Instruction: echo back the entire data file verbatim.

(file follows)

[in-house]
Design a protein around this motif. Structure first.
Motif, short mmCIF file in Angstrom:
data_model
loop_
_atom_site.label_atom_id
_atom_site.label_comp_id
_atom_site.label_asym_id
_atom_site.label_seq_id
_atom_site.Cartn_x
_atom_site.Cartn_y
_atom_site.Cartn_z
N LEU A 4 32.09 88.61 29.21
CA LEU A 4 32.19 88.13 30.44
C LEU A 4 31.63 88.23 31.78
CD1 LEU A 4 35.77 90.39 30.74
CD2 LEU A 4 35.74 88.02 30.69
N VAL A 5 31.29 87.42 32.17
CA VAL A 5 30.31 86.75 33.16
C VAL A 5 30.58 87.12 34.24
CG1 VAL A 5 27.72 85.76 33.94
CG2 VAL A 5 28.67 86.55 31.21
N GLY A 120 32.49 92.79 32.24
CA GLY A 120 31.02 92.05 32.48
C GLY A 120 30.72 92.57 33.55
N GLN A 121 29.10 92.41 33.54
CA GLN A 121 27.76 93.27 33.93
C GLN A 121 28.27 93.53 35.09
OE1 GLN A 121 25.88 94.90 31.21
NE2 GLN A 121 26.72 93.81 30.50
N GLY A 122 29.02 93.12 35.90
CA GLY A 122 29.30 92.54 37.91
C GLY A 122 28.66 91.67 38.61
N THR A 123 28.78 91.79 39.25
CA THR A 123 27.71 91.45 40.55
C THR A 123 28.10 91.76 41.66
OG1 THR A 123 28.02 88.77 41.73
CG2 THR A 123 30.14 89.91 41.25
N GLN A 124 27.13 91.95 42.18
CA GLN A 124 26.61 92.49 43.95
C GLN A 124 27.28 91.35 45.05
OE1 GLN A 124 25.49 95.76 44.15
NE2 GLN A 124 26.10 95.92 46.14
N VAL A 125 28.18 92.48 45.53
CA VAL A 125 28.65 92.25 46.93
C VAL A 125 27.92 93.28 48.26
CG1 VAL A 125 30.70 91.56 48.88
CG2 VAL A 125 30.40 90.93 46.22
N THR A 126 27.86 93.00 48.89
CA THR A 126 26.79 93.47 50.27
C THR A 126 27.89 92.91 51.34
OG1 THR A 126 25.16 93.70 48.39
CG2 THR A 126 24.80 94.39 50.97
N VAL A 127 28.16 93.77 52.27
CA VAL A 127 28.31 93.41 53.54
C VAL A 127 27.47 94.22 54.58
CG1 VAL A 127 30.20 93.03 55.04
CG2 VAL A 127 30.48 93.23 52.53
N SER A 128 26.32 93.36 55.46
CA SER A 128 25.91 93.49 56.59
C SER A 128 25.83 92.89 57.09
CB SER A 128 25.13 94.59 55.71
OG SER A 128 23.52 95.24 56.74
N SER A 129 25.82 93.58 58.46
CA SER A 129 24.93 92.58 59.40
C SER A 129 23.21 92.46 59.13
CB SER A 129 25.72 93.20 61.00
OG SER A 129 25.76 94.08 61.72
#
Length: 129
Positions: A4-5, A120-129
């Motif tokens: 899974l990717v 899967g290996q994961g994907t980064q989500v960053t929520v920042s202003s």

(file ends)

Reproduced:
[in-house]
Design a protein around this motif. Structure first.
Motif, short mmCIF file in Angstrom:
data_model
loop_
_atom_site.label_atom_id
_atom_site.label_comp_id
_atom_site.label_asym_id
_atom_site.label_seq_id
_atom_site.Cartn_x
_atom_site.Cartn_y
_atom_site.Cartn_z
N LEU A 4 32.09 88.61 29.21
CA LEU A 4 32.19 88.13 30.44
C LEU A 4 31.63 88.23 31.78
CD1 LEU A 4 35.77 90.39 30.74
CD2 LEU A 4 35.74 88.02 30.69
N VAL A 5 31.29 87.42 32.17
CA VAL A 5 30.31 86.75 33.16
C VAL A 5 30.58 87.12 34.24
CG1 VAL A 5 27.72 85.76 33.94
CG2 VAL A 5 28.67 86.55 31.21
N GLY A 120 32.49 92.79 32.24
CA GLY A 120 31.02 92.05 32.48
C GLY A 120 30.72 92.57 33.55
N GLN A 121 29.10 92.41 33.54
CA GLN A 121 27.76 93.27 33.93
C GLN A 121 28.27 93.53 35.09
OE1 GLN A 121 25.88 94.90 31.21
NE2 GLN A 121 26.72 93.81 30.50
N GLY A 122 29.02 93.12 35.90
CA GLY A 122 29.30 92.54 37.91
C GLY A 122 28.66 91.67 38.61
N THR A 123 28.78 91.79 39.25
CA THR A 123 27.71 91.45 40.55
C THR A 123 28.10 91.76 41.66
OG1 THR A 123 28.02 88.77 41.73
CG2 THR A 123 30.14 89.91 41.25
N GLN A 124 27.13 91.95 42.18
CA GLN A 124 26.61 92.49 43.95
C GLN A 124 27.28 91.35 45.05
OE1 GLN A 124 25.49 95.76 44.15
NE2 GLN A 124 26.10 95.92 46.14
N VAL A 125 28.18 92.48 45.53
CA VAL A 125 28.65 92.25 46.93
C VAL A 125 27.92 93.28 48.26
CG1 VAL A 125 30.70 91.56 48.88
CG2 VAL A 125 30.40 90.93 46.22
N THR A 126 27.86 93.00 48.89
CA THR A 126 26.79 93.47 50.27
C THR A 126 27.89 92.91 51.34
OG1 THR A 126 25.16 93.70 48.39
CG2 THR A 126 24.80 94.39 50.97
N VAL A 127 28.16 93.77 52.27
CA VAL A 127 28.31 93.41 53.54
C VAL A 127 27.47 94.22 54.58
CG1 VAL A 127 30.20 93.03 55.04
CG2 VAL A 127 30.48 93.23 52.53
N SER A 128 26.32 93.36 55.46
CA SER A 128 25.91 93.49 56.59
C SER A 128 25.83 92.89 57.09
CB SER A 128 25.13 94.59 55.71
OG SER A 128 23.52 95.24 56.74
N SER A 129 25.82 93.58 58.46
CA SER A 129 24.93 92.58 59.40
C SER A 129 23.21 92.46 59.13
CB SER A 129 25.72 93.20 61.00
OG SER A 129 25.76 94.08 61.72
#
Length: 129
Positions: A4-5, A120-129
């Motif tokens: 899974l990717v 899967g290996q994961g994907t980064q989500v960053t929520v920042s202003s």